Clean air is important for health and day-to-day lives of people. However, air pollution is recognized as the single greatest environmental risk to human health and one of the main avoidable causes of death and disease globally in the 21st century.

The majority of people recognize the problem of bad air quality but only a few can pay attention to the health impact of air pollution. To emphasize the need to make further efforts to improve air quality all over the world, the UN General Assembly decided to designate 7 September as the International Day of Clean Air for blue skies. The theme for 2020 is “Clean Air for All”.

It is a global response to the increasing interest of the international community in clean air. We need a change, urgently and practically, to reduce air pollution and protect our health.

Watch the following YouTube video, UN Secretary-General António Guterres outlines why air pollution is a preventable risk. He calls for us to work together to build a better future with clean air forever.

“Around the world, nine out of every ten people breathe unclean air. Air pollution contributes to heart disease, strokes, lung cancer and other respiratory diseases. It causes an estimated 7 million premature deaths every year, predominantly in low- and middle-income countries. Air pollution also threatens the economy, food security and the environment.

As we recover from the coronavirus pandemic, the world needs to pay far greater attention to air pollution, which also increases the risks associated with COVID-19.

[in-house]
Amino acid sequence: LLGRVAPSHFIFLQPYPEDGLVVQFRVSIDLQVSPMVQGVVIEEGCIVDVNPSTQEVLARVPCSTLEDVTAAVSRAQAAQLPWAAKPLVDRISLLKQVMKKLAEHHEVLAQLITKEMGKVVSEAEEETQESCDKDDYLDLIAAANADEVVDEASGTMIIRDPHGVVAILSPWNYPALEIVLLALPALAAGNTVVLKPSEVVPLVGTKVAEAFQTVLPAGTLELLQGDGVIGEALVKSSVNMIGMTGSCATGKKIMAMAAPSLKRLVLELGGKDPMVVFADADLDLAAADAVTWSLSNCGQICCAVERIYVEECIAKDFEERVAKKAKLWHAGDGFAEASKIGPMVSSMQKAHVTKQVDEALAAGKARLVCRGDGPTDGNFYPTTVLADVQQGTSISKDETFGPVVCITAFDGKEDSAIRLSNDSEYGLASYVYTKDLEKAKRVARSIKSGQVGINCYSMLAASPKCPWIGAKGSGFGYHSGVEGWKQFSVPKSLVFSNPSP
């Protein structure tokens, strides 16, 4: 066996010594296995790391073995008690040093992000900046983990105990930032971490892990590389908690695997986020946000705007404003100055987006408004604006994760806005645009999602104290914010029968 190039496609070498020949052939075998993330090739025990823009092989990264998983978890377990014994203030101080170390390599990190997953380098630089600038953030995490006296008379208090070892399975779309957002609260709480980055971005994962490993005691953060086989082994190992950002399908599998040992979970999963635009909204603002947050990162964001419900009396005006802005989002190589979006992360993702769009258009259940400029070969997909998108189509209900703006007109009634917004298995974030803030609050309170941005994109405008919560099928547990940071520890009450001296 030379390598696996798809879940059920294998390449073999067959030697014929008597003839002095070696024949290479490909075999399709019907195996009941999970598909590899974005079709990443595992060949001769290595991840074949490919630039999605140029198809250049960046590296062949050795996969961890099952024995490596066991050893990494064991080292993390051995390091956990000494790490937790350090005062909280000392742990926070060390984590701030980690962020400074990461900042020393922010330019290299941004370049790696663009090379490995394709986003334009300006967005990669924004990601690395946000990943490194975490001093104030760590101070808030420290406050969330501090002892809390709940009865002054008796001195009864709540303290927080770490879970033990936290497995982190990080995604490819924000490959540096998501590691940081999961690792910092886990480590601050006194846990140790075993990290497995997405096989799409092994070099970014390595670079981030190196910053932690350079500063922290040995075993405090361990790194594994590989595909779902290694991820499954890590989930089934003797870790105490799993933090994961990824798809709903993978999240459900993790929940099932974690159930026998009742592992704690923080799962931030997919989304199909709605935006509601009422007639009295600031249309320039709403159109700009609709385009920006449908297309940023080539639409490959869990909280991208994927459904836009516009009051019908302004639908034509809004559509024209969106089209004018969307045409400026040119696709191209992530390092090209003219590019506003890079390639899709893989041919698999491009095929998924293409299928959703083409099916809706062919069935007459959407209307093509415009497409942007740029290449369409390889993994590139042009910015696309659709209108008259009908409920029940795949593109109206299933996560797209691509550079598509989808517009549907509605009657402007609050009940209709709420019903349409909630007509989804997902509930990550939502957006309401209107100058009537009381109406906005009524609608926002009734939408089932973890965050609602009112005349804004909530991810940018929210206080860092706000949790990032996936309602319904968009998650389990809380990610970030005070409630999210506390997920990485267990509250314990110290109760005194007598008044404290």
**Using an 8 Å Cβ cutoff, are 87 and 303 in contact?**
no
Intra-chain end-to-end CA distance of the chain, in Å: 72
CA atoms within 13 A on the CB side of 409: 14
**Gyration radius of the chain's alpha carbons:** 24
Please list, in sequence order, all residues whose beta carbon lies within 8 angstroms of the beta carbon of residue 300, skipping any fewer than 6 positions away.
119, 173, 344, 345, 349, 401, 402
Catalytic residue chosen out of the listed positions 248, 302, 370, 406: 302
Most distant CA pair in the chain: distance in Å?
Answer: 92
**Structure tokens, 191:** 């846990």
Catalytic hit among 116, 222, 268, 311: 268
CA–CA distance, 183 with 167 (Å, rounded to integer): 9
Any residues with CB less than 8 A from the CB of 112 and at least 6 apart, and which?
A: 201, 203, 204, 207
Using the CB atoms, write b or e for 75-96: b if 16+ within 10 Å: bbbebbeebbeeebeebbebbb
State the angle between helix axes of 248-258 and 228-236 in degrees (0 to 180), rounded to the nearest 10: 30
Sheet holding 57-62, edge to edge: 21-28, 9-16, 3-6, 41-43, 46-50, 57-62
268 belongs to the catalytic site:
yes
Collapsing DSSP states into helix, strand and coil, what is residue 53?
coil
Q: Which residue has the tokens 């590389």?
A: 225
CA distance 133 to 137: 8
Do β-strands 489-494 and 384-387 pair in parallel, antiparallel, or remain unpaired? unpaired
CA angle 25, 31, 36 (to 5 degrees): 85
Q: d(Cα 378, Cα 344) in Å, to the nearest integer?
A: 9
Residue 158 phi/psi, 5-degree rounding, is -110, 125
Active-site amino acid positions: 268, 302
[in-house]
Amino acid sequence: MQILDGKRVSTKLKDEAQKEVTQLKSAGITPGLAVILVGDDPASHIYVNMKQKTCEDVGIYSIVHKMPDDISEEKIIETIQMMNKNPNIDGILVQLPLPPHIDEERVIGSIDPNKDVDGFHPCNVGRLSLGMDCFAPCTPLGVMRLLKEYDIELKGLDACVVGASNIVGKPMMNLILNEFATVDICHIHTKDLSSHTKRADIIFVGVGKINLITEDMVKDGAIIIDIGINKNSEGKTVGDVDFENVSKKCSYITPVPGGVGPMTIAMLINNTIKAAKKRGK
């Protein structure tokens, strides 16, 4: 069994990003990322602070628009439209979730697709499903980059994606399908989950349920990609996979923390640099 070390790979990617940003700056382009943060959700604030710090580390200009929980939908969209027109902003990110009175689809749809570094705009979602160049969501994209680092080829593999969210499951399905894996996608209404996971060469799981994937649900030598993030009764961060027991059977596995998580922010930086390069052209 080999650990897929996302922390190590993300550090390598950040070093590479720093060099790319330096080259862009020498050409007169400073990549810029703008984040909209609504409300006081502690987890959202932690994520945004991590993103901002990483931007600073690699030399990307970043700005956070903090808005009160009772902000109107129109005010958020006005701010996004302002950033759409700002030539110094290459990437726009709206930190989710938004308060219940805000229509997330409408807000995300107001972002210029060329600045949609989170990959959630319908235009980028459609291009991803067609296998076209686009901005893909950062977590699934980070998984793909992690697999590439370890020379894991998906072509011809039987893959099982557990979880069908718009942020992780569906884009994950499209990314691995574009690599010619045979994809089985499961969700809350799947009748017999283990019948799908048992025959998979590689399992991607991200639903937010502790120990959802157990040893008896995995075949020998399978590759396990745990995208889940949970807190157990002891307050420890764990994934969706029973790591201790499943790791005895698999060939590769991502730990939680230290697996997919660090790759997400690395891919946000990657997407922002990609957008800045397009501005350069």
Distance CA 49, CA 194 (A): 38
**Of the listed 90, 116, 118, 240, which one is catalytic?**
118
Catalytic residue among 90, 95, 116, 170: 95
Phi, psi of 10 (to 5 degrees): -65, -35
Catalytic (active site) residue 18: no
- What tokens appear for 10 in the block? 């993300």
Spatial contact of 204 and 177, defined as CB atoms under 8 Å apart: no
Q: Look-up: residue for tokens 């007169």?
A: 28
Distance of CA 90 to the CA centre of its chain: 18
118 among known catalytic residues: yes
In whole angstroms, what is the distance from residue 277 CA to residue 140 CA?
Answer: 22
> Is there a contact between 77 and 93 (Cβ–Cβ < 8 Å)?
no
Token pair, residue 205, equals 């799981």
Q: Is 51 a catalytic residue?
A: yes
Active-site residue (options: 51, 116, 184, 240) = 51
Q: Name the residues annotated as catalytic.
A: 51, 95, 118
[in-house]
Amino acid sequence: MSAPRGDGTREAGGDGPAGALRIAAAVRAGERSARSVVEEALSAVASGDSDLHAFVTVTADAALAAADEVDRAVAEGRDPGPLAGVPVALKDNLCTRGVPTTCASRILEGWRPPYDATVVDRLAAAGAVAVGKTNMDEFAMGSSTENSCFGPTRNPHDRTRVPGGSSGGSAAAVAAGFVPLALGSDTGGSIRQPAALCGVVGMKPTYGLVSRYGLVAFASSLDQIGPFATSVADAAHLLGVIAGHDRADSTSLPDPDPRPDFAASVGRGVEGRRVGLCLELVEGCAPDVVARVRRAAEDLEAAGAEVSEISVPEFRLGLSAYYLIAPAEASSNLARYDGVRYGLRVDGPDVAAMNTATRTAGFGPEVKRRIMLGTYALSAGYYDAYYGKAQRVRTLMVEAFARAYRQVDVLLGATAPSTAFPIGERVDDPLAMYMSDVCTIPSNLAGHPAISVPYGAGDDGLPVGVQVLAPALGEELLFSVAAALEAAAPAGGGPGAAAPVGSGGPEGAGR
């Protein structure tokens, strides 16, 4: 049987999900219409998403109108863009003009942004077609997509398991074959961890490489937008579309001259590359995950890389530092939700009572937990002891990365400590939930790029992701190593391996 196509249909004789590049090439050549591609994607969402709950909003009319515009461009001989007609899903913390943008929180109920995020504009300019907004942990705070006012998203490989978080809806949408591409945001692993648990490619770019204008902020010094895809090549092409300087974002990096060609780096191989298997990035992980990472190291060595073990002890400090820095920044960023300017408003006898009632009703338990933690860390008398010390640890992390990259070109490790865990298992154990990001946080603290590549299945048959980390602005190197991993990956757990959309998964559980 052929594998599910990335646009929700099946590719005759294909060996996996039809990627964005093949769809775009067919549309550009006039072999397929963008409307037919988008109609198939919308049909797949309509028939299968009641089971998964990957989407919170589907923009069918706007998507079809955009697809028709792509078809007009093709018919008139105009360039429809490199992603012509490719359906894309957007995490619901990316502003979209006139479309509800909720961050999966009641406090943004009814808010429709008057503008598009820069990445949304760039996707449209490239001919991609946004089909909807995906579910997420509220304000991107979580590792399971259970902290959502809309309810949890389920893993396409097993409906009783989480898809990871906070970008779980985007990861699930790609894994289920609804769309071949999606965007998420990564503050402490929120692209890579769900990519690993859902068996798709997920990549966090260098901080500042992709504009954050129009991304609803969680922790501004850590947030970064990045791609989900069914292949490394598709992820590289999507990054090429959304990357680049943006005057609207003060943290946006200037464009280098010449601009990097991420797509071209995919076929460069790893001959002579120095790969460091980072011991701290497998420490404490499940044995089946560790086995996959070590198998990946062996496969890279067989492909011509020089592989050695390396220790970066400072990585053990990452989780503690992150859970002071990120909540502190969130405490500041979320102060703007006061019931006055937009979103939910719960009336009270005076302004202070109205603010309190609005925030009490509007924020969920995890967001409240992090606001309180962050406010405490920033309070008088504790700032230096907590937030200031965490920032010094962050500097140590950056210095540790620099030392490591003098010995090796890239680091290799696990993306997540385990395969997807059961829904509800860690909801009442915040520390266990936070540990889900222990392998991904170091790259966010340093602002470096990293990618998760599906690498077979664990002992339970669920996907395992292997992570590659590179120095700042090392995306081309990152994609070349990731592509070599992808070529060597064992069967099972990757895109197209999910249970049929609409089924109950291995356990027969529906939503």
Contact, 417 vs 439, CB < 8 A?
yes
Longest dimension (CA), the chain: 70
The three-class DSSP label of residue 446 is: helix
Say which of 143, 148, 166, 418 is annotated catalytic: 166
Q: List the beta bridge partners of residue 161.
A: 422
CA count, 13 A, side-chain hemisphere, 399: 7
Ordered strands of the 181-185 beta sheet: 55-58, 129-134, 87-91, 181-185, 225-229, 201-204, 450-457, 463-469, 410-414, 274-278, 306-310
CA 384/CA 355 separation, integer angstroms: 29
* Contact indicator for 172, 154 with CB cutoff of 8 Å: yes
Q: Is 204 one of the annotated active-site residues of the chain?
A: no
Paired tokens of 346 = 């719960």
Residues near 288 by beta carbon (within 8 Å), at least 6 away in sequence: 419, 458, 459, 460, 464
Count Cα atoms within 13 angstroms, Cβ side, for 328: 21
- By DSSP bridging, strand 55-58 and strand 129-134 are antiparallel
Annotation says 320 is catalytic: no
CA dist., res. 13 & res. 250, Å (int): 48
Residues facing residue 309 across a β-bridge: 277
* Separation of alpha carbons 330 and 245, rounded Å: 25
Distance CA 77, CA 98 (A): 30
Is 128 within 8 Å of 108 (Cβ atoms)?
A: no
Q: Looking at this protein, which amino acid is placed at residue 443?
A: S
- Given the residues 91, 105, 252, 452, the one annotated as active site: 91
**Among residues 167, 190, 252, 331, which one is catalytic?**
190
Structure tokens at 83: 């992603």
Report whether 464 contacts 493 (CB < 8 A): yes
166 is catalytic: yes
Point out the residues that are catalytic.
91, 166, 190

We must also urgently address the deeper threat of climate change. Limiting global warming to 1.5 degrees will help reduce air pollution, death and disease. This year’s lockdowns have caused emissions to fall dramatically, providing a glimpse of cleaner air in many cities. But emissions are already rising again, in some places surpassing pre-COVID levels.

We need dramatic and systemic change. Reinforced environmental standards, policies and laws that prevent emissions of air pollutants are needed more than ever. Countries also need to end subsidies for fossil fuels. And, at the international level, countries need to cooperate to help each other transition to clean technologies.

I call on governments still providing finance for fossil fuel-related projects in developing countries to shift that support towards clean energy and sustainable transport. And I urge all countries to use post-COVID recovery packages to support the transition to healthy and sustainable jobs.

7 September, marks the first International Day of Clean Air for blue skies. Let us work together to build a better future with clean air for all.”

 

Join the conversation:  #CleanAirForAll

Get involved in our social media campaign – “Blue Skies Challenge”

View the schedule of online global events that celebrate the International Day of Clean Air for Blue Skies: https://www.cleanairblueskies.org/latest/schedule

 

Story posted on
6th Sep, 2020

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